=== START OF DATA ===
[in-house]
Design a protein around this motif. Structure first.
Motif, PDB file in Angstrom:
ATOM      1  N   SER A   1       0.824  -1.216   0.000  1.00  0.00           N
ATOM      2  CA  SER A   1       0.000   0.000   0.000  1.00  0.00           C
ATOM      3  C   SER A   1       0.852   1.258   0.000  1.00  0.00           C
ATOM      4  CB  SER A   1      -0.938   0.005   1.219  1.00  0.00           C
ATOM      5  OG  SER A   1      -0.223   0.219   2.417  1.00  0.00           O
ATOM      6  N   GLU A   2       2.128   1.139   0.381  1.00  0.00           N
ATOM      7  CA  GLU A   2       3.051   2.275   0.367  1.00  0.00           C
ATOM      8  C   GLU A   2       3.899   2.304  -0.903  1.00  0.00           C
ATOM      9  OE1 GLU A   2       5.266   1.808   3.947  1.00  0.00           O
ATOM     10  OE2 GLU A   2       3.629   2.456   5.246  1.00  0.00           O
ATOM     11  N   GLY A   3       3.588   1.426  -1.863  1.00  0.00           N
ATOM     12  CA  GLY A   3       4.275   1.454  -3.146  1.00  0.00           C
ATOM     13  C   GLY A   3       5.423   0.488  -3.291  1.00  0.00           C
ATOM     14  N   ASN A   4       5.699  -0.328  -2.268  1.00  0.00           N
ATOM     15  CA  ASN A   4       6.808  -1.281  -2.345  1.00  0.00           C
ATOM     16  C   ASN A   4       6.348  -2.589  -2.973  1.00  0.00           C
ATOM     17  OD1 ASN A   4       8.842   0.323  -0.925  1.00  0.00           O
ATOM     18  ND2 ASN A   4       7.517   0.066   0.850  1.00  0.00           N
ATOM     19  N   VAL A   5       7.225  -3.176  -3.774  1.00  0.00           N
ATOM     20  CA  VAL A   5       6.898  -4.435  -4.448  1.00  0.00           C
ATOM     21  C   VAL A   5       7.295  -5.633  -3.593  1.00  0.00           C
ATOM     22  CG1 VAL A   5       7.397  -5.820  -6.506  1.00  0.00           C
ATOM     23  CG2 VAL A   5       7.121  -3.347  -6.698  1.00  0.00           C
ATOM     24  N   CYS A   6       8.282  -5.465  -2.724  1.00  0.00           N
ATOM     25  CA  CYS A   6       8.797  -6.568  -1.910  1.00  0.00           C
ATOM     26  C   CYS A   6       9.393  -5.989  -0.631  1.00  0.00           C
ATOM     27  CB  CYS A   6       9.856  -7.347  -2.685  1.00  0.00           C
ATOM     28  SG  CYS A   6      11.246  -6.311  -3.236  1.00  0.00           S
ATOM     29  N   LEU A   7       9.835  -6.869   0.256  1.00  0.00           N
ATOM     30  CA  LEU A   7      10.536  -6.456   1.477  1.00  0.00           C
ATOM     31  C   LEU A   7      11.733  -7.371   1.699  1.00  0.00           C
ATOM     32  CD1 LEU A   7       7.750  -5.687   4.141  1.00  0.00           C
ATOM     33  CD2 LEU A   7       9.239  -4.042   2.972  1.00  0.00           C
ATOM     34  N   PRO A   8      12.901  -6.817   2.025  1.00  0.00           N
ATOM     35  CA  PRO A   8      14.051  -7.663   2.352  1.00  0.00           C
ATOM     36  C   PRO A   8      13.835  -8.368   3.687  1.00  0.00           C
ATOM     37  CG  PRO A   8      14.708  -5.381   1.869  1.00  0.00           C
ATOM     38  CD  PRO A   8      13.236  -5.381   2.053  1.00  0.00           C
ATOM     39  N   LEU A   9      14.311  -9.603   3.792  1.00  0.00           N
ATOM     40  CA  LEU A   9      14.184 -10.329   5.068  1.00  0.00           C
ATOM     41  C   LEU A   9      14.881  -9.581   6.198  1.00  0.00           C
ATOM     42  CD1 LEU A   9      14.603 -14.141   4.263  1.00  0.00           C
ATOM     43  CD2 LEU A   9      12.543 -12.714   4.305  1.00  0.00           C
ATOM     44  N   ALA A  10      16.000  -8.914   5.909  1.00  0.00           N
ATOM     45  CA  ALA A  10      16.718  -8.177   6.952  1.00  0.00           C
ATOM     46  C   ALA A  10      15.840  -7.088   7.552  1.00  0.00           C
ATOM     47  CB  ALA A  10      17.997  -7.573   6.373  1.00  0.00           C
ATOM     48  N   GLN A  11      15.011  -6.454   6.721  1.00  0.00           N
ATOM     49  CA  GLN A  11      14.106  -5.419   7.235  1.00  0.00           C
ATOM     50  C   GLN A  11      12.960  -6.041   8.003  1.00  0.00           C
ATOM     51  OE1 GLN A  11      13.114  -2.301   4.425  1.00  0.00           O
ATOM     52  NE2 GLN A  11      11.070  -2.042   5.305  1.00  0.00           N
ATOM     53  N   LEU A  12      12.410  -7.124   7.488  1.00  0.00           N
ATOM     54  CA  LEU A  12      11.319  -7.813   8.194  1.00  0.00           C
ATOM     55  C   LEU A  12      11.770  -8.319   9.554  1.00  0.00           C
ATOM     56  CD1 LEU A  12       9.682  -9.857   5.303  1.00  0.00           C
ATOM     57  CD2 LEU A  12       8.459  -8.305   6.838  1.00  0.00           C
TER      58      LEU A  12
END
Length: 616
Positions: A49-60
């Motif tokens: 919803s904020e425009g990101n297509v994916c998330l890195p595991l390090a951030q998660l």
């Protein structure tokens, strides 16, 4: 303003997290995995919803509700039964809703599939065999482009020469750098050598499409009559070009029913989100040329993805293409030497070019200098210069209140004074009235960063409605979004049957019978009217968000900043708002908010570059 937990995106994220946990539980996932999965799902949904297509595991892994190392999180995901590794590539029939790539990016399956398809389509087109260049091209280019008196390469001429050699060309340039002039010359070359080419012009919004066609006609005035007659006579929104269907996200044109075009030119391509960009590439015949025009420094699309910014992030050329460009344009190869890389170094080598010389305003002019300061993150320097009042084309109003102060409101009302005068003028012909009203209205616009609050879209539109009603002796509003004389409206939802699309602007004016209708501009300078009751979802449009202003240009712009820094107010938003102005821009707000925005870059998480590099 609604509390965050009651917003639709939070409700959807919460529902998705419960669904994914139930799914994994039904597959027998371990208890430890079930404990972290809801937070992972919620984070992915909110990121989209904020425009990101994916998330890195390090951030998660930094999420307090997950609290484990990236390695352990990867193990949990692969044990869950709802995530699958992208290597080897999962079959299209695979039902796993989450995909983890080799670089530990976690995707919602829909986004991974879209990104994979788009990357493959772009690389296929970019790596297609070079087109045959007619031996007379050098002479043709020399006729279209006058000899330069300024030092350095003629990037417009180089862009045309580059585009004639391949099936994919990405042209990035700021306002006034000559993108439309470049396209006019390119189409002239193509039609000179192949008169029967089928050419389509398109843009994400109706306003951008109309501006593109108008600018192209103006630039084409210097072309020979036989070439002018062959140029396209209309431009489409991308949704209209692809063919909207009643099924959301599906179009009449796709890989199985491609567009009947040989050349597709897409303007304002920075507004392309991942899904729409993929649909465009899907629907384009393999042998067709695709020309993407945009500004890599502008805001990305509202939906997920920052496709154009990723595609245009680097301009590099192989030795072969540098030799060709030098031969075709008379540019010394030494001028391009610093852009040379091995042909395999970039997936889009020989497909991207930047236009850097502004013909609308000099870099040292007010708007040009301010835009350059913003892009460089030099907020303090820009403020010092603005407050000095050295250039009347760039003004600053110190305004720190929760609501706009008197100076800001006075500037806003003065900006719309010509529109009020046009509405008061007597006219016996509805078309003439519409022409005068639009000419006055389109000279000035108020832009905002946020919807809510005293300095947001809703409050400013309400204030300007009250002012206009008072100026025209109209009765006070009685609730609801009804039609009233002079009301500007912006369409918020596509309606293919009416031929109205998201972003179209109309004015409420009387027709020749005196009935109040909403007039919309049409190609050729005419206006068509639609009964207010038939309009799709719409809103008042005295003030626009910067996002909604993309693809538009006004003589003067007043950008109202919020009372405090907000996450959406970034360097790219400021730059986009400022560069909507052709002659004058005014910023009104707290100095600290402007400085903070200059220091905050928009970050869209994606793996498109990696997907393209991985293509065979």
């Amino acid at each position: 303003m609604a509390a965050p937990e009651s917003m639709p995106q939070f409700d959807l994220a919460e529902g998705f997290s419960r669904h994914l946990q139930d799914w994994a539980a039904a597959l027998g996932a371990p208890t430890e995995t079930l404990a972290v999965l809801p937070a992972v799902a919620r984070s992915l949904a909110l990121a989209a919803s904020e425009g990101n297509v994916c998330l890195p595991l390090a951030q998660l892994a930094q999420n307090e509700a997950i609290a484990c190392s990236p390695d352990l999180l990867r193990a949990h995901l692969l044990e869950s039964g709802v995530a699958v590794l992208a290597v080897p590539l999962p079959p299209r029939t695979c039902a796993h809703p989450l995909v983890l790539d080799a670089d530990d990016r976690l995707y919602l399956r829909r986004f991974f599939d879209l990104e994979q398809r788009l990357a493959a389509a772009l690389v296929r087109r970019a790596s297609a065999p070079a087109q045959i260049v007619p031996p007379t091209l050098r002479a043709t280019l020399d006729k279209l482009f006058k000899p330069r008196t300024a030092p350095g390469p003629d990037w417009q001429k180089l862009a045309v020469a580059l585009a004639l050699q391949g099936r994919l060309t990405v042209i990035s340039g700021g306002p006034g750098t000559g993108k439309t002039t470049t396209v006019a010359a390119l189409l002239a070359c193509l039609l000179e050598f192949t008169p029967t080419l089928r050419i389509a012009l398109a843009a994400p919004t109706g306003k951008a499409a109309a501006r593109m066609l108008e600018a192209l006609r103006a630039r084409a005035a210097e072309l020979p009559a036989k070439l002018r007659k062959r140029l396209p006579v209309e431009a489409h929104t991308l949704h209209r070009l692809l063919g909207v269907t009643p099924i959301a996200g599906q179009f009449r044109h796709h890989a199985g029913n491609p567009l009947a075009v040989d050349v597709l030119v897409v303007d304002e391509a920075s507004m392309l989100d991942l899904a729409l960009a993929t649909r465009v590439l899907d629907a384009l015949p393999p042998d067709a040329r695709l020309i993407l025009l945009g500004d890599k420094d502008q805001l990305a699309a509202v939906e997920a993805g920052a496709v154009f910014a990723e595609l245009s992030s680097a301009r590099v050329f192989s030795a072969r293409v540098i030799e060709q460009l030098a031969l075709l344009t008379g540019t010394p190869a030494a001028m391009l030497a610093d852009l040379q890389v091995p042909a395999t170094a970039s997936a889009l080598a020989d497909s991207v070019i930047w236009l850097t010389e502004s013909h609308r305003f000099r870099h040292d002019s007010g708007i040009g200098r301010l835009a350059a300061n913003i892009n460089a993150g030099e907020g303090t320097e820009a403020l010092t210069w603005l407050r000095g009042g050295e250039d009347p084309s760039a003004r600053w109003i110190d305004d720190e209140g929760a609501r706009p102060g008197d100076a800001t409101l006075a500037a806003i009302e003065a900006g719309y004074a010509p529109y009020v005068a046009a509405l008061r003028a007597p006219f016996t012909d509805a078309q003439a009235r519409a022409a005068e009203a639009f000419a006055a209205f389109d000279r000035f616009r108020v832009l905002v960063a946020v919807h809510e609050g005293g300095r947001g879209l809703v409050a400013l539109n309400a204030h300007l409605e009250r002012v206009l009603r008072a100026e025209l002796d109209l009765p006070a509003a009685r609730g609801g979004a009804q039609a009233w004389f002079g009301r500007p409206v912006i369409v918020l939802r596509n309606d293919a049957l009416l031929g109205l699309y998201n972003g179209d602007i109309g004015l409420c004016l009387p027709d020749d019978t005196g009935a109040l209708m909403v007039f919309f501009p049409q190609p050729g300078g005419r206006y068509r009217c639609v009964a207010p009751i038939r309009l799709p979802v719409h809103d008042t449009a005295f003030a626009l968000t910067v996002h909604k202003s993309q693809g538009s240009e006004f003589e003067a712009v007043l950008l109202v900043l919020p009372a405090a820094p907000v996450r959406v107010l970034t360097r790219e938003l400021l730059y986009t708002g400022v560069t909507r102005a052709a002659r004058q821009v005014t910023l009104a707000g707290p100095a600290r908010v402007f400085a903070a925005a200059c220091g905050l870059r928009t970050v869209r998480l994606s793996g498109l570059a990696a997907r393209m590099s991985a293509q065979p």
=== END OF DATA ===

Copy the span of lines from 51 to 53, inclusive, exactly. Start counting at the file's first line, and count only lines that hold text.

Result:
ATOM     48  N   GLN A  11      15.011  -6.454   6.721  1.00  0.00           N
ATOM     49  CA  GLN A  11      14.106  -5.419   7.235  1.00  0.00           C
ATOM     50  C   GLN A  11      12.960  -6.041   8.003  1.00  0.00           C